Early in the summer I realized how burdened I felt with my yard work. It so happens that I've been working on three different areas, some for about 20 years now. They never seem to get to the point where I can say the basic ground work is completed. I decided that I would get two of those areas to that point this year, and complete the third area next summer. It has given me a sense of motivation that has held up through the worst of summer's heat, humidity and glare.
My plan is simple: every morning by 9:00, weather permitting, I head out the door in my grungiest of clothing, spray on a layer of insect repellent, and grab my shovel. I work until noon, with short breaks for water, a Snickers ice cream bar and a periodic to-the-elbows scrub in poison ivy treatment.
Significant progress has been made. I have:
1. removed all the grass in the cul-de-sac area and covered it with a layer of compost.
2. planted shrubs, ground covers and flowering plants in that area.
3. removed nearly all the myrtle, which was overrun with grass and weeds under the pines area. This probably added up to 200 square feet of area entirely dug up.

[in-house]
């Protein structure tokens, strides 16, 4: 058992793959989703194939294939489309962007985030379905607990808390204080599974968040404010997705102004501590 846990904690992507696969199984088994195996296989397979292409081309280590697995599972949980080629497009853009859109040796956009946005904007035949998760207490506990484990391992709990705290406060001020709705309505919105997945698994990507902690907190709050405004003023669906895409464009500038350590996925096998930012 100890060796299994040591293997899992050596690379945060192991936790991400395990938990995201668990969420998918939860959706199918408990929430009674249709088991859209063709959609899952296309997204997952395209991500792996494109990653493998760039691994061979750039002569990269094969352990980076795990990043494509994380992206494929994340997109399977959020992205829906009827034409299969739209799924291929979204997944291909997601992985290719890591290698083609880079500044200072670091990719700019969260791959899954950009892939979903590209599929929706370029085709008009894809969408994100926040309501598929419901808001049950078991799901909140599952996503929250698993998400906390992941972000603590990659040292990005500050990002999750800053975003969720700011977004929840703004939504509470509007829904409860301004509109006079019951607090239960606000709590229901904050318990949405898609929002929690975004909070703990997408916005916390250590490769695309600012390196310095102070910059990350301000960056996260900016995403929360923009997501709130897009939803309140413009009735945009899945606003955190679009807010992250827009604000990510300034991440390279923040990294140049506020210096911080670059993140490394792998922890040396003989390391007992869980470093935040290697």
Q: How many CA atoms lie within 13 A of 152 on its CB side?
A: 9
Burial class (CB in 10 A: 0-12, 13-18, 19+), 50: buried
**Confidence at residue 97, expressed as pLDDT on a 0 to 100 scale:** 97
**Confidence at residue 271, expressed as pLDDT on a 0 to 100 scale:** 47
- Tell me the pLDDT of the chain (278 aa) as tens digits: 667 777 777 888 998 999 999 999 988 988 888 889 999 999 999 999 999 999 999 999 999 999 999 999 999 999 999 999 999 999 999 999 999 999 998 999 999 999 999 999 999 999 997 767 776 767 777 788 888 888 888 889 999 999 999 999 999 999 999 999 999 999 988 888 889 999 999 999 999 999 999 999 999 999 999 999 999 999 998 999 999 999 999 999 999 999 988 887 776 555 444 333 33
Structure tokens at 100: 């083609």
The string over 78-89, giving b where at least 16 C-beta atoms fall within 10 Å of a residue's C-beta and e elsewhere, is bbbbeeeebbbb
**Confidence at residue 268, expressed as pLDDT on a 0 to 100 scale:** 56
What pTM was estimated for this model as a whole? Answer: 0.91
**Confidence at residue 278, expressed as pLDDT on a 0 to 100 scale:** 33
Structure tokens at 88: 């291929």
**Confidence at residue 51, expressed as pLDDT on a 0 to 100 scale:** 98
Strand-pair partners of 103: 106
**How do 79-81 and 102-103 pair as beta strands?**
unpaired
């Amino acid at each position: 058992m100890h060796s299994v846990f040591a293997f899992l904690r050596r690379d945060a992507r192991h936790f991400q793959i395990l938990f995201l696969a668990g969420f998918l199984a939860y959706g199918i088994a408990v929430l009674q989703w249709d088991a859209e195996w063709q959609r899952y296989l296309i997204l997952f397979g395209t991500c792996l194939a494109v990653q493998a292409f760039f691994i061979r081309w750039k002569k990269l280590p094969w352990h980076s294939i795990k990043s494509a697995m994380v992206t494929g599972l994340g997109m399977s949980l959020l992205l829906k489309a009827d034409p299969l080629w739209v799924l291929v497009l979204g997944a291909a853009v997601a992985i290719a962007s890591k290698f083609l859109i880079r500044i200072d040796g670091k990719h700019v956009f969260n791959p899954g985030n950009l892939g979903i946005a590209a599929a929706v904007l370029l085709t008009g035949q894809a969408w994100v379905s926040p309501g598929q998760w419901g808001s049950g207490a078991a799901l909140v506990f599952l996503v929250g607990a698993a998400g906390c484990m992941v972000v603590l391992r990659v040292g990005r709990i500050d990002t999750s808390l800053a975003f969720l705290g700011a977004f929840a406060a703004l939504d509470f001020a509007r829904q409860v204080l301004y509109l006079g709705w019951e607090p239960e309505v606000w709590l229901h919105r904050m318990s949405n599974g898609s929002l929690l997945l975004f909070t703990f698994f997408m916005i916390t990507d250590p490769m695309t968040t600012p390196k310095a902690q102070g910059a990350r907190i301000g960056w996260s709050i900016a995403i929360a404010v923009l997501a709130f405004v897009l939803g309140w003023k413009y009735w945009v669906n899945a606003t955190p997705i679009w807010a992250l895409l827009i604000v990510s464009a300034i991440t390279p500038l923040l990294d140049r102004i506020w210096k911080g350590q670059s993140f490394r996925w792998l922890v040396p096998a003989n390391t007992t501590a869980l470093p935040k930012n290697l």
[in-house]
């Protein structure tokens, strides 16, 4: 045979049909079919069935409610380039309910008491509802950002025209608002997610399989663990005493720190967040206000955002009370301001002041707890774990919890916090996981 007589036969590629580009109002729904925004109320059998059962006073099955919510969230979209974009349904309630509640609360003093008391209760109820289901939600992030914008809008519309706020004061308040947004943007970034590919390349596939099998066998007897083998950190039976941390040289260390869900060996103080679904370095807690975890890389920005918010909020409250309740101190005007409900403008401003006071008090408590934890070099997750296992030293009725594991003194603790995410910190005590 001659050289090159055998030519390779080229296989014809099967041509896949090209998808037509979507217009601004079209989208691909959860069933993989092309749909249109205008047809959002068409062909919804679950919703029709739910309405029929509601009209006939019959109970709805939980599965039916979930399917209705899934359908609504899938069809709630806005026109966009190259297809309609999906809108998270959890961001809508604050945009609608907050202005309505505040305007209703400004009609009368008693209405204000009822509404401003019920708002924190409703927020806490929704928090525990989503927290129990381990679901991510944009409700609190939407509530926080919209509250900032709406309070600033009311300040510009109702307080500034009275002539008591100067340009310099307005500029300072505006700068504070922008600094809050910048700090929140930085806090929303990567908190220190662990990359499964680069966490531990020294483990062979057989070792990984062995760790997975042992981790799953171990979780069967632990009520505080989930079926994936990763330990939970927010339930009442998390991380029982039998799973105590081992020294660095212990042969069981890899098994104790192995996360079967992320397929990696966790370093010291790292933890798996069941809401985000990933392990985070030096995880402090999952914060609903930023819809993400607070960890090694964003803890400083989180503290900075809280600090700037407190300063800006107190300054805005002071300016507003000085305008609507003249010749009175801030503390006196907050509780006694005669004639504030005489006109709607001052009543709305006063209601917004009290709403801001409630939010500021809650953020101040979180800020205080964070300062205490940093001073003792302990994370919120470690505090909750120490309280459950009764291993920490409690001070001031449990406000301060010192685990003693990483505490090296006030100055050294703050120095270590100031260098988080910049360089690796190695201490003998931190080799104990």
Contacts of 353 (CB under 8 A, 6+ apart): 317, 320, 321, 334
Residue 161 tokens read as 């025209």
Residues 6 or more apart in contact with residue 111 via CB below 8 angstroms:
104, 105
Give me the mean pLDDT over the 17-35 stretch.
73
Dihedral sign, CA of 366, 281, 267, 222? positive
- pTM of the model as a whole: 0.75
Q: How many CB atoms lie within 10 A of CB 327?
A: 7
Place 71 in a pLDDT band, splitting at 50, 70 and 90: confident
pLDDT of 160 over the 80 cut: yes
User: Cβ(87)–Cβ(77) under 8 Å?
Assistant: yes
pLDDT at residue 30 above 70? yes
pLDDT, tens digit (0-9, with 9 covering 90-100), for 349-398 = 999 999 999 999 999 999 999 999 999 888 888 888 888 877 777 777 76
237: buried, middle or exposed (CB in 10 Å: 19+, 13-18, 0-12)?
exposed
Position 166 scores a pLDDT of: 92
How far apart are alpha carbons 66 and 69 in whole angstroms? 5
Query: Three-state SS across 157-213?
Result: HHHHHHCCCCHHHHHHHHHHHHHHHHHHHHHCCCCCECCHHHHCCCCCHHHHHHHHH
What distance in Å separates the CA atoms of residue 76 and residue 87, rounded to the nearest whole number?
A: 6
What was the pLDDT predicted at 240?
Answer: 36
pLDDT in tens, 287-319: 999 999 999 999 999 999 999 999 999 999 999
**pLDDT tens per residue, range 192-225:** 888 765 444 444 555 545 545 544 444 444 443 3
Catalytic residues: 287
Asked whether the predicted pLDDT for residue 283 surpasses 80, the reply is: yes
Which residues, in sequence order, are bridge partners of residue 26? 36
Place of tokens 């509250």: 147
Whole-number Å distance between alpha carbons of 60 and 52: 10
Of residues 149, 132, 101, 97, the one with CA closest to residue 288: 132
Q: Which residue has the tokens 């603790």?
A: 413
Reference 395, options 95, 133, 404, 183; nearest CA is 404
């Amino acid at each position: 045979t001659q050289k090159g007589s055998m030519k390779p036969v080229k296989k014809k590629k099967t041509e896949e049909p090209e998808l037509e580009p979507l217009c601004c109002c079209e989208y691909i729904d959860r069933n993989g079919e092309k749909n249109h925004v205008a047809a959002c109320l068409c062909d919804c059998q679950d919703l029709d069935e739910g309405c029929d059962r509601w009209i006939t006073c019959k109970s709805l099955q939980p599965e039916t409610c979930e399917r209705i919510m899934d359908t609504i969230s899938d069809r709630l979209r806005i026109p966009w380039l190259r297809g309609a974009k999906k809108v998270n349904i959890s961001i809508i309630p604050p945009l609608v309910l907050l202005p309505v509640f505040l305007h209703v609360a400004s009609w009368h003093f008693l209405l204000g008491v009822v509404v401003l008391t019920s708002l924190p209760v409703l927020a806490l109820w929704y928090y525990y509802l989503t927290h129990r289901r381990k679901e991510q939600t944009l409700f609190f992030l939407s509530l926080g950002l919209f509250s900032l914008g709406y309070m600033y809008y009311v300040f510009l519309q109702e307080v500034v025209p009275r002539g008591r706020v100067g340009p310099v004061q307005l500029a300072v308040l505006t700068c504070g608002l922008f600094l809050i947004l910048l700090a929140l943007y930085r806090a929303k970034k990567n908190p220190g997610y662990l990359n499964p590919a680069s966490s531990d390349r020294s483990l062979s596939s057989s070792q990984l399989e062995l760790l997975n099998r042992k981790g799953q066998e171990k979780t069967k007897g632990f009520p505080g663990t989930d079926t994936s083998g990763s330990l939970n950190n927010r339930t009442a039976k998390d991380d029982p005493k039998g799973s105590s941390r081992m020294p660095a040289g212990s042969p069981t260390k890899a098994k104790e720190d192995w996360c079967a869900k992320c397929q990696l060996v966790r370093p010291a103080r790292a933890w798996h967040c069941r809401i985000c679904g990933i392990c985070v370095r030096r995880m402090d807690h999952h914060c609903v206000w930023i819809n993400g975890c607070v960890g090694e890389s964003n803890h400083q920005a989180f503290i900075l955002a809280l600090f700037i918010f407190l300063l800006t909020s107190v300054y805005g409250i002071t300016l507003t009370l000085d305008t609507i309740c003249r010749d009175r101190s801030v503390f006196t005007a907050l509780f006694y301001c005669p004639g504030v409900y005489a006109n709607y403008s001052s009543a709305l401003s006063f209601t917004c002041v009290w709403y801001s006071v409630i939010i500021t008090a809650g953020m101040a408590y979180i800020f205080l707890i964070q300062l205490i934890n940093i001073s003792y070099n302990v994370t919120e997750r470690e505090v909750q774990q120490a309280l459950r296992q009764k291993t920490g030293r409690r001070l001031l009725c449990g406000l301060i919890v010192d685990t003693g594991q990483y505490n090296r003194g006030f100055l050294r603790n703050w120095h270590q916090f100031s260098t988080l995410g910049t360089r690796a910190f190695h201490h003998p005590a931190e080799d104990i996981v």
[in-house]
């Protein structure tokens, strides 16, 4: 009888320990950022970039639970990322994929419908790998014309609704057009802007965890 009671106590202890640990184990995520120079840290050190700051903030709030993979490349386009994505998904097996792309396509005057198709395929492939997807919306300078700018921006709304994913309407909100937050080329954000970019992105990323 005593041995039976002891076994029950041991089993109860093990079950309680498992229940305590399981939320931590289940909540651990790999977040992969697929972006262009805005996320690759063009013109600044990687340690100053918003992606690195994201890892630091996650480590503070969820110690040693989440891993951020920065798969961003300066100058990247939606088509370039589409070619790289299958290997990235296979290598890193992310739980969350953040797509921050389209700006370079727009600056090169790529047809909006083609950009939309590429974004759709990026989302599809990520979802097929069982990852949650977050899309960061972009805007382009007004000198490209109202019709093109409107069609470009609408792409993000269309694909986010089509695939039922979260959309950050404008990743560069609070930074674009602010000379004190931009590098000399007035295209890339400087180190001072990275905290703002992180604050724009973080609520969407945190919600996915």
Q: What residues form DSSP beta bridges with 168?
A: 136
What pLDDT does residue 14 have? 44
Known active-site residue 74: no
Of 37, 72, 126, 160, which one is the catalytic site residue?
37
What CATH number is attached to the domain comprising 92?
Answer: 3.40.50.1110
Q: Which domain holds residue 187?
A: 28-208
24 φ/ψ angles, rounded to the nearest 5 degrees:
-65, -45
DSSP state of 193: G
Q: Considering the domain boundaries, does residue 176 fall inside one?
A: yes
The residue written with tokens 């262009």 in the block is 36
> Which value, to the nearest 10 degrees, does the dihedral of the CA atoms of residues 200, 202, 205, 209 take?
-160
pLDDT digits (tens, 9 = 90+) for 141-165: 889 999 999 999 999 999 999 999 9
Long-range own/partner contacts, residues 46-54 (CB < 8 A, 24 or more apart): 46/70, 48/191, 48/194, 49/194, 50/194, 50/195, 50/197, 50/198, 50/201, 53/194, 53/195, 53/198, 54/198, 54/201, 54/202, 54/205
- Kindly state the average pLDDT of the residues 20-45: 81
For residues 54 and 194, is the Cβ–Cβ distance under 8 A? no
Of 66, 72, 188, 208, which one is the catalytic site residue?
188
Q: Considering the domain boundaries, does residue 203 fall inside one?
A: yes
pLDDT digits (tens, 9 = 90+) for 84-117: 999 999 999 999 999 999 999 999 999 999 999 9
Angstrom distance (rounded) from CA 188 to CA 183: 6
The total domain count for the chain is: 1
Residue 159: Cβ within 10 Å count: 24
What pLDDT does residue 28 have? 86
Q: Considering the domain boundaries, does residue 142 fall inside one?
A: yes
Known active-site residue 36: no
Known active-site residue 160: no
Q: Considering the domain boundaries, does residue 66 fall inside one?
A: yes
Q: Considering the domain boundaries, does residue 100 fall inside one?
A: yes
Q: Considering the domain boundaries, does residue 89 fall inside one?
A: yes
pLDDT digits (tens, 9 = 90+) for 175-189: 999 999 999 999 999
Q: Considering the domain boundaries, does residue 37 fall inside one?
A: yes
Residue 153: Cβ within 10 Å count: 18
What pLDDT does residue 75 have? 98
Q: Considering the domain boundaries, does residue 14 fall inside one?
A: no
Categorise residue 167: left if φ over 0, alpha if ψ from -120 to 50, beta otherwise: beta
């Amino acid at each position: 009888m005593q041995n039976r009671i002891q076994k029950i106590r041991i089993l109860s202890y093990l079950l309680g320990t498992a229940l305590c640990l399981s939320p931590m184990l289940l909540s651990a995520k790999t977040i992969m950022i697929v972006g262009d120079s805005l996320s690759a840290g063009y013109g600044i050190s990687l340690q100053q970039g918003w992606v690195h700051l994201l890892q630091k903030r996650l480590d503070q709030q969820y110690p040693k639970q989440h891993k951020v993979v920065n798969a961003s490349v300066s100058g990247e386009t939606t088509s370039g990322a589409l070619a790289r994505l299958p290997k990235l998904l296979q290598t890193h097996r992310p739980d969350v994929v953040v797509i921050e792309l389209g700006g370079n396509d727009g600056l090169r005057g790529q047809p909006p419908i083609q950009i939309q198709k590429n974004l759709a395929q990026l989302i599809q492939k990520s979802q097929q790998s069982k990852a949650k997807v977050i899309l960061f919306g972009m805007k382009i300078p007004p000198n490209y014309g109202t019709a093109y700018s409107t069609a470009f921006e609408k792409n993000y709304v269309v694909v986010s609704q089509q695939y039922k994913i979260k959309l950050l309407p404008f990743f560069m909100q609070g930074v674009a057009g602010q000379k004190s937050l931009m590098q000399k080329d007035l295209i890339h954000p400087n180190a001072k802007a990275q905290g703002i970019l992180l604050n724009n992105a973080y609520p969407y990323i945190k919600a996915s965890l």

4. brought home, so far, three cubic yards of compost to help out plants in the sandy soil.
5. brought in two van loads of plant materials from a generous friend's yard.
6. divided and spread out plant materials into the cleared ground under the pines.
7. cleared out myrtle in the terraced area, replacing it with perennial flowers and mulch.
8. moved plants that will be in the way when the dead pines are cut down next month.
9. managed to water often enough that things are staying alive, if not thriving.
10. carried countless buckets of the removed myrtle to my neighbor's house to help move forward her projects.
Most days I find myself covered with dirt, sweating profusely in soaked clothes and staggering with weariness by noon--but the prize is in sight! I look forward to-- not finishing the yard work--but getting to that point where I am seeking to improve something that is already good--making it great. It's like being a cabinet maker--the pieces are all cut and assembled. What is left is the sanding, polishing, and fine-tuning that make it an accomplished work of art.